Childe Hassam, Royal Palms, Cuba, oil on canvas, 1895, 25 by 31 inches, est. $300,000-$600,000. John W. Coker Auctions image
In the world of collecting art, there are a few things buyers consider before pulling out their checkbook:
1. The importance of the artist - does this artist have trend you can follow over the past 10+ years or am I buying this speculating this artist will be someone to have in the near future.
2. Provenance: Who had this item before me? Was it from an important collection, a museum exhibited item, or a gallery that was known for representing the artist.
3. How many people were offered this item before me?
That last question is always important as diehard collectors want things fresh to the marketplace. They don't want to think the rest of the world has seen the item before they did (unless of course it was featured in a book or magazine!)
When private collections hit the marketplace, and forgive me for being cliché, but the crowd goes wild!
Recently, the collection of art acquired by Dr. Albert K. Chapman of Eastman Kodak was consigned to the John W. Coker gallery in New Market, Tennessee; and with no reserve.
Chapman was a top executive, and inventor at Eastman Kodak. He began collecting Impressionist and Post-Impressionist art in the 1930s. Very few people even knew of his collecting interests. Apparently, Chapman had a very good eye.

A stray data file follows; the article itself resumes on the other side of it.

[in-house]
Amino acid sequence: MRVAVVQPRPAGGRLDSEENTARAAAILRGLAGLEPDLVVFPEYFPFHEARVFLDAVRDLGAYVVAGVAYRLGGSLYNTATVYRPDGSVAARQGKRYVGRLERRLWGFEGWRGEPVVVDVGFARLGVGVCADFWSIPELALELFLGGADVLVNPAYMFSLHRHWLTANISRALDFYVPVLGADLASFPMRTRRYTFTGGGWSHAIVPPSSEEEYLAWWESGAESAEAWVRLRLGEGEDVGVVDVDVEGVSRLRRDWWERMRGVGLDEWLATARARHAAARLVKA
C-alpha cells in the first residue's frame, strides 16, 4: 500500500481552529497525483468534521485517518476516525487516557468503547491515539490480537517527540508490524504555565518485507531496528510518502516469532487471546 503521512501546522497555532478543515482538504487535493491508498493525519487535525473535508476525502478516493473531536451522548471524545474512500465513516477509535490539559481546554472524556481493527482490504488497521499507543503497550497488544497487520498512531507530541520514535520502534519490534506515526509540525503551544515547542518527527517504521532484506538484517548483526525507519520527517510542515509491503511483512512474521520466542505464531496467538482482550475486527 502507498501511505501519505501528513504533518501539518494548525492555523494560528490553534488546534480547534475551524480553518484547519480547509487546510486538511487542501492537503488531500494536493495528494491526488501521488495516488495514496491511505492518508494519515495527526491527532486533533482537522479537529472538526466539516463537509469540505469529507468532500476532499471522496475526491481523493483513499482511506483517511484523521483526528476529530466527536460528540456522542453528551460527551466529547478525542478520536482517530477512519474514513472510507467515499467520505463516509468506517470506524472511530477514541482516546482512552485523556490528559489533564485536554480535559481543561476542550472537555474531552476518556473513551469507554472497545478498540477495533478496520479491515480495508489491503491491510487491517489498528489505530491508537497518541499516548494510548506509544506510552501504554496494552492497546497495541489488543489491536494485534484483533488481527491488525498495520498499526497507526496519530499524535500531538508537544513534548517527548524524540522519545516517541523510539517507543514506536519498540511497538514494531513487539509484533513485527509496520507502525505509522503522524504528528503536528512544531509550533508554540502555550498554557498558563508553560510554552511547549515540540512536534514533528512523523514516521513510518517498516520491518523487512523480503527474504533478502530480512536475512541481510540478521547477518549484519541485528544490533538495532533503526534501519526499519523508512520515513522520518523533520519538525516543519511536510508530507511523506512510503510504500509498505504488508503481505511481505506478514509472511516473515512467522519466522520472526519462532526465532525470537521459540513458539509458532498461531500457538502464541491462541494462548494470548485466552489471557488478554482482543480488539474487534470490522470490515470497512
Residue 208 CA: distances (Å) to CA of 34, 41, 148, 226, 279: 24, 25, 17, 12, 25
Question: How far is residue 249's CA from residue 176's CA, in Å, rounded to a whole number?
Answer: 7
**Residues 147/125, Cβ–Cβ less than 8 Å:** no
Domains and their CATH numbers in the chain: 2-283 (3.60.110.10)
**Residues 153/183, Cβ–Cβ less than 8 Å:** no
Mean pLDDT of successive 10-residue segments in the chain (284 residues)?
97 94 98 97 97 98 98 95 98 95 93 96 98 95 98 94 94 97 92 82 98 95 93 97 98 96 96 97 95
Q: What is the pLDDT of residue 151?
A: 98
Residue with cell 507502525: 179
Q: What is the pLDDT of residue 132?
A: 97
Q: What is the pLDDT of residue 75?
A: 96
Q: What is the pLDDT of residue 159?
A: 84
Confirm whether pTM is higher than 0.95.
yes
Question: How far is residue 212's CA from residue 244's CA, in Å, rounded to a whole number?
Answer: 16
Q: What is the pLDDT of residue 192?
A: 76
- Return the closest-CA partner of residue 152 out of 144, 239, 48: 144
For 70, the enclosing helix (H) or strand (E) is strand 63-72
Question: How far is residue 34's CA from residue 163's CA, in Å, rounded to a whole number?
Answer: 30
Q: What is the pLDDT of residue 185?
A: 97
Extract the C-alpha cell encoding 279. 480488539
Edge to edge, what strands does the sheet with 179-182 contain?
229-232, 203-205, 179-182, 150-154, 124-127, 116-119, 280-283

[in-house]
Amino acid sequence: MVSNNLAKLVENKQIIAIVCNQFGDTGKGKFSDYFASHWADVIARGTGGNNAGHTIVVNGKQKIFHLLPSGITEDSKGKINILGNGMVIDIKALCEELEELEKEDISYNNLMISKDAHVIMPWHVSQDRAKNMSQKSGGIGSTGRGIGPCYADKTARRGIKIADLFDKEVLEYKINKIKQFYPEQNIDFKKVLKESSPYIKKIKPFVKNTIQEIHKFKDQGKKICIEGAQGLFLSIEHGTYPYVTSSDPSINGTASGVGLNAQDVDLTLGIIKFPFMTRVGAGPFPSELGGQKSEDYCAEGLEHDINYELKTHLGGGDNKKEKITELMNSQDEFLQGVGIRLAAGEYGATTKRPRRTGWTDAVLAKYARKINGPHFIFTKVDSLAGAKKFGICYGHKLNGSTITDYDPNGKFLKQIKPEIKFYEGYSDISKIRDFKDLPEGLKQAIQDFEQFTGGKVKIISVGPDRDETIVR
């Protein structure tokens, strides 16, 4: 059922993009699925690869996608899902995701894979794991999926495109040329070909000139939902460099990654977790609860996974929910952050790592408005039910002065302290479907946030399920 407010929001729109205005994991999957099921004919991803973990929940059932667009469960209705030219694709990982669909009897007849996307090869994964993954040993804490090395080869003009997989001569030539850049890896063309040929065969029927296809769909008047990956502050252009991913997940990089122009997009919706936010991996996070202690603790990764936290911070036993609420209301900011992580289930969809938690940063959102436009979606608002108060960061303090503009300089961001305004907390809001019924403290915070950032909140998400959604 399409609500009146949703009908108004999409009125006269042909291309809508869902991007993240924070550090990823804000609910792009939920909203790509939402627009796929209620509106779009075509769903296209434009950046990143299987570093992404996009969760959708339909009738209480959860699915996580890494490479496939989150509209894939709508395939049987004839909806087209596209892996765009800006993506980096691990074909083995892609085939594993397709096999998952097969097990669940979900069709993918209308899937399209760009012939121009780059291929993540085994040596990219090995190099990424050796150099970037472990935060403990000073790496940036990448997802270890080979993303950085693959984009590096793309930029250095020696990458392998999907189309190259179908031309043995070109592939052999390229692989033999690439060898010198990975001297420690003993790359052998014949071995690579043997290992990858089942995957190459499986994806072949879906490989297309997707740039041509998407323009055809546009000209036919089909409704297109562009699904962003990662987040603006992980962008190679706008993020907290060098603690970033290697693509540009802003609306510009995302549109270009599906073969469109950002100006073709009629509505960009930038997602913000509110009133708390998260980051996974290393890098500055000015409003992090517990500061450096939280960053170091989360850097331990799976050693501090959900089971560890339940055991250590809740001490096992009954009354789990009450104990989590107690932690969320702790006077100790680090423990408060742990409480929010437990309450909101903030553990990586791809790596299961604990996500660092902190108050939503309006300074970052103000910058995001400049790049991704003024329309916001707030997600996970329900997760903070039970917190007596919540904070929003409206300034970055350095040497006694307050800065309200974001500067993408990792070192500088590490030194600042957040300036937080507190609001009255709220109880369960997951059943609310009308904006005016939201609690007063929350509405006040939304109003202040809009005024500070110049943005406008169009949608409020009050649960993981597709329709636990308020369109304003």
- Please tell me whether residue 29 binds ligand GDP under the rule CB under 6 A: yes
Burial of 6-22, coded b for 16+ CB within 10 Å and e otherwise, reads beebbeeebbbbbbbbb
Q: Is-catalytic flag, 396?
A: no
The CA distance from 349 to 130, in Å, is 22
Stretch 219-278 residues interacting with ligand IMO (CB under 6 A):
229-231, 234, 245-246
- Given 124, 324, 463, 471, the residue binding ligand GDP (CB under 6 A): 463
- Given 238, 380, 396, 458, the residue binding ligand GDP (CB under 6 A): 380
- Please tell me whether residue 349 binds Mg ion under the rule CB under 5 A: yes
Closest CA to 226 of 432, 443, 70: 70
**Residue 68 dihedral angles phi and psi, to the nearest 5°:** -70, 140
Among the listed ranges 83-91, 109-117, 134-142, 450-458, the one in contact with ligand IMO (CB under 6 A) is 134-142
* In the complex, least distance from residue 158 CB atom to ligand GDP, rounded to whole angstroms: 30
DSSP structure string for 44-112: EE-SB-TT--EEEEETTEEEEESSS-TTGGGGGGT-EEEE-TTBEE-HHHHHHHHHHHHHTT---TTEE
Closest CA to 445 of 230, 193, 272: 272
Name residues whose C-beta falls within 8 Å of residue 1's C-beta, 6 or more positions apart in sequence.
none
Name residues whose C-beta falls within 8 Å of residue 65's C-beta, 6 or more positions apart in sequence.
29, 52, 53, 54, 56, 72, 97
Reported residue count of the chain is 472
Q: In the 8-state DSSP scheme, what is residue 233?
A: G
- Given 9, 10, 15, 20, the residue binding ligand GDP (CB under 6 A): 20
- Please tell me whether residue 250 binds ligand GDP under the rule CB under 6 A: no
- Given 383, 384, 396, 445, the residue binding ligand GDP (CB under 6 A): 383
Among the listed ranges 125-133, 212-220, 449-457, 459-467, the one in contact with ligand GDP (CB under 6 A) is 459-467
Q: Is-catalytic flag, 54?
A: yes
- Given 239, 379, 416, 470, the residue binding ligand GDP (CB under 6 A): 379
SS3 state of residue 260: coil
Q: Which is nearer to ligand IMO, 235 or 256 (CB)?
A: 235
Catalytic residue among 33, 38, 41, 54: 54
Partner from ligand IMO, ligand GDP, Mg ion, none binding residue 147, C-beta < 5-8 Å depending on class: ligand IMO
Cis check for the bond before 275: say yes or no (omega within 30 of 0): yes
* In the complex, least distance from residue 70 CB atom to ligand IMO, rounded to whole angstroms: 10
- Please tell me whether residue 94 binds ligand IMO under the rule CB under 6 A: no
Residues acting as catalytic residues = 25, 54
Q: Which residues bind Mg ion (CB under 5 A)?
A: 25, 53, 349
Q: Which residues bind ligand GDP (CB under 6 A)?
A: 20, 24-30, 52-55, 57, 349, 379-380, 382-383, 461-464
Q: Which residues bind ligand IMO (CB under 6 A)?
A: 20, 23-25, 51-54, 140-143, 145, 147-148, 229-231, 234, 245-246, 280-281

Of all he acquired, only one was ever seen outside his home. It was a Mary Cassatt loaned to the Smithsonian in a 1970 exhibit which was also included in a catalog raisonne.
Mary Cassatt, Simone Talking to Her Mother, pastel on paper, 25½ by 30½ inches, est. $200,000-$400,000. John W. Coker Auctions image.
The collection was passed down through three Chapman generations and is now going on the auction block September 15th. Many of the paintings from the collection have been thought to be lost over the years.
The Cassatt will certainly be a highlight of the sale, but additional works by Childe Hassam, Alfred Sisley, Pierre Bonnard and 30 other distinguished artists from the period 1870 to 1950 will be up for bid.
Emile Bernard, Pont Aven, oil on canvas, 24 by 18 inches, est. $30,000-$50,000, John W. Coker Auctions image
As I mentioned earlier, provenance can add value to an item, and the Chapman family was good at keeping records and receipts for the collection. Most of the works have information on where the item was acquired, and for what price, along with previous owner information if it was available at the time.
John W. Coker's auction gallery is located at 1511 W. Hwy. 11E, New Market, Tennessee 37820, USA. For additional information, call 1-865-475-5163 or e-mail email@example.com. Visit the company's Web site at www.antiquesonline.com.